The result it that democracy is a value-destroying system, where unproductive behavior is encouraged and productive behavior discouraged. And not only in production; war is also more likely and more destructive (echoing Carl Schmitt’s point that when wars are conceived of as for human rights, they are far more brutal).

Moreover, the State then debases the money supply (it would not be a book of Austrian economics without a plug for gold). The end result is an ever-growing and ever-more-exploitative state, pushing war and offering circuses, until an inevitable economic crisis and the state’s collapse.

By this Hoppe explicitly means not just states in general, but the United States, which no longer protects life and property of its citizens, instead through its ruling class of politicians and plutocrats engaging in exploitation, oppression, and global war.

With any luck, Hoppe says, the current system, globally, will be replaced with government along his preferred lines, perhaps along the lines of Swiss cantons or the Hanseatic League.

This is dubious history but pretty good abstract analytics. I can get behind, for example, that we would probably all be richer under a restrained monarchy, not just in that we could keep more of our property, and use it to multiply our property, but that science and technology would advance more quickly (a double-edged sword, to be sure).

And certainly a natural aristocracy is exactly that. But Hoppe, at least in this book, offers a very narrow version of history. He does not explain the political development of states east of the Elbe, much less Ancient Egypt, or Ancient Greece, or Rome or other empires of the classical era (say, the Sassanids), and nothing is said about government in Asia or the Americas. How does the Pax Romana fit into Hoppe’s analysis, I’d like to know?

In fact, Hoppe doesn’t even begin to attempt the kind of historical analysis that others, such as Francis Fukuyama, have offered on the development of political systems. I suspect Hoppe’s narrow focus on Europe is because he wants to ascribe the success or failure of societies to mechanical effects, easy to delineate and possible to quantify.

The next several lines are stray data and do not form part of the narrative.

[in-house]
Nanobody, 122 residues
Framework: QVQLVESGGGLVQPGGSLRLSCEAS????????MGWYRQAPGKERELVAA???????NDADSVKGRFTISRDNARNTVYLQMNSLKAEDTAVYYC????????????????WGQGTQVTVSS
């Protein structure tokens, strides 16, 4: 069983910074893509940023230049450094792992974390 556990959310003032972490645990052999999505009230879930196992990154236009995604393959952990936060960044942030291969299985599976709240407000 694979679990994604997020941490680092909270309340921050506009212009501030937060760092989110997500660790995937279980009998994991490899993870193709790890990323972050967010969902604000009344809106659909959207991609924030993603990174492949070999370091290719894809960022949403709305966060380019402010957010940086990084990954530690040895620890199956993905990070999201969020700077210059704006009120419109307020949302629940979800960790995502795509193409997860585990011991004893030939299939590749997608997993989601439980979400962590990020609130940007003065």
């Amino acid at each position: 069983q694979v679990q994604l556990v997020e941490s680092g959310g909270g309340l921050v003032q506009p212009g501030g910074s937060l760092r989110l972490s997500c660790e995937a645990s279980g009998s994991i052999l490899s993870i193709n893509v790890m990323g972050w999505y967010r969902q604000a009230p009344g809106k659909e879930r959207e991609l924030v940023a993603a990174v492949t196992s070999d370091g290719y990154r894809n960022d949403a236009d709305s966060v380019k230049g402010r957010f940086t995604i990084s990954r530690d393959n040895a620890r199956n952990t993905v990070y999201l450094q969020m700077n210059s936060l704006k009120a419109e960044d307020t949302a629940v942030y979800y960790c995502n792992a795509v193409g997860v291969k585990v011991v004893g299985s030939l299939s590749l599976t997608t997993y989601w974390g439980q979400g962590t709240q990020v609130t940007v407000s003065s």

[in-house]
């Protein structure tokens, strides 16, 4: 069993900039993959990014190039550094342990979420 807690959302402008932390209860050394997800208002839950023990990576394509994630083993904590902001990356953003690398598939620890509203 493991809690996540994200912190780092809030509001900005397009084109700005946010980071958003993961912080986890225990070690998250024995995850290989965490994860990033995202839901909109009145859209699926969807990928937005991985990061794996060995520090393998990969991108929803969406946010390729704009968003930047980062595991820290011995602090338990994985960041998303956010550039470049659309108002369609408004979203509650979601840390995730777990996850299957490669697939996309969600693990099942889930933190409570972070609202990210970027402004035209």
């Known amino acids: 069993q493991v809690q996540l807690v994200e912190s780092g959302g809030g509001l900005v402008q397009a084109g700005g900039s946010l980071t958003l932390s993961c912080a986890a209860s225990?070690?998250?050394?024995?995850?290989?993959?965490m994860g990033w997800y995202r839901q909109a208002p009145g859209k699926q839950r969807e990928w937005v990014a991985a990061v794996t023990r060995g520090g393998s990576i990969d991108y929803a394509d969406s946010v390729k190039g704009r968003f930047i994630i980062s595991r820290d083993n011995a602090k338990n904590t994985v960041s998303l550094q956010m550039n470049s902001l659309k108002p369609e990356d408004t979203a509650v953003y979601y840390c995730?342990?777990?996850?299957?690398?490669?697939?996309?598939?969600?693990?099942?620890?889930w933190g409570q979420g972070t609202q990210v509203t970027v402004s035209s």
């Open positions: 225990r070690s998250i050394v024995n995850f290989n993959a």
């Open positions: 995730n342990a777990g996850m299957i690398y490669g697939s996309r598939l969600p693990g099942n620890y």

Parsing history is messy, because history is messy. That would detract from Hoppe’s attempt to instruct us that he has found the formula for human success, and it is paint-by-numbers, if only we will listen.

But quantification is exactly not what human nature, and therefore human action, is subject to. I think that the exact same limited monarchical system that works ideally in one culture would be a disaster in another.

Many important variables affect culture, obviously, not only the history of a place, but the religion, the climate, the geography, and much, much more. Hoppe, like all ideologues, claims to have found the universally applicable perfect system, and even aside from any errors in his analysis, that is extremely unlikely.

I suspect I will be told I should give Hoppe more of a chance; that is the usual response from acolytes of ideologues when one attacks the Leader. I did watch a lengthy video of him. It was boring.

On the other hand, maybe his book on democracy has more meat on the bones, and answers some of my questions. So, as I say, that’s up on the reading list, for the simple reason that whatever the details, I agree with Hoppe that democracy as practiced in the modern world is both stupid and doomed.

Charles is a business owner and operator, in manufacturing, and a recovering big firm M&A lawyer. He runs the blog, The Worthy House.

The photo shows, “Effigies of Crusaders in Round Table Church, London, after damage enemy action,” by Norma Bull, ca. 1940-1944.

The 21 Martyrs

This book is, brought to the temporal sphere, Revelation 20:4. “I saw the souls of them that were beheaded for the witness of Jesus, and for the word of God, and which had not worshipped the beast, neither his image, neither had received his mark upon their foreheads, or in their hands; and they lived and reigned with Christ a thousand years.”

Martin Mosebach’s The 21 is an exploration and explanation of the twenty-one Coptic Christian migrant workers killed by Muslims in 2015 for refusing to apostatize from their Christian belief, a martyrdom made famous by the slickly produced video through which the killers broadcast their bloody work.

The 21 also embodies how, and under what circumstances, Muslims could be allies with Christians in the American wars to come, against a ruling class whose totalitarian doctrines they both oppose, concluding that while many obstacles exist, that was theoretically possible, and certainly desirable.

But this book shows that in what Muslims call Dar al-Islam, the House of Islam, those places where Islam has once been supreme, there can be no such cooperation, since there by definition there Islam must rule, and no observant Muslim would disagree, although what that exactly means is interpreted in different ways.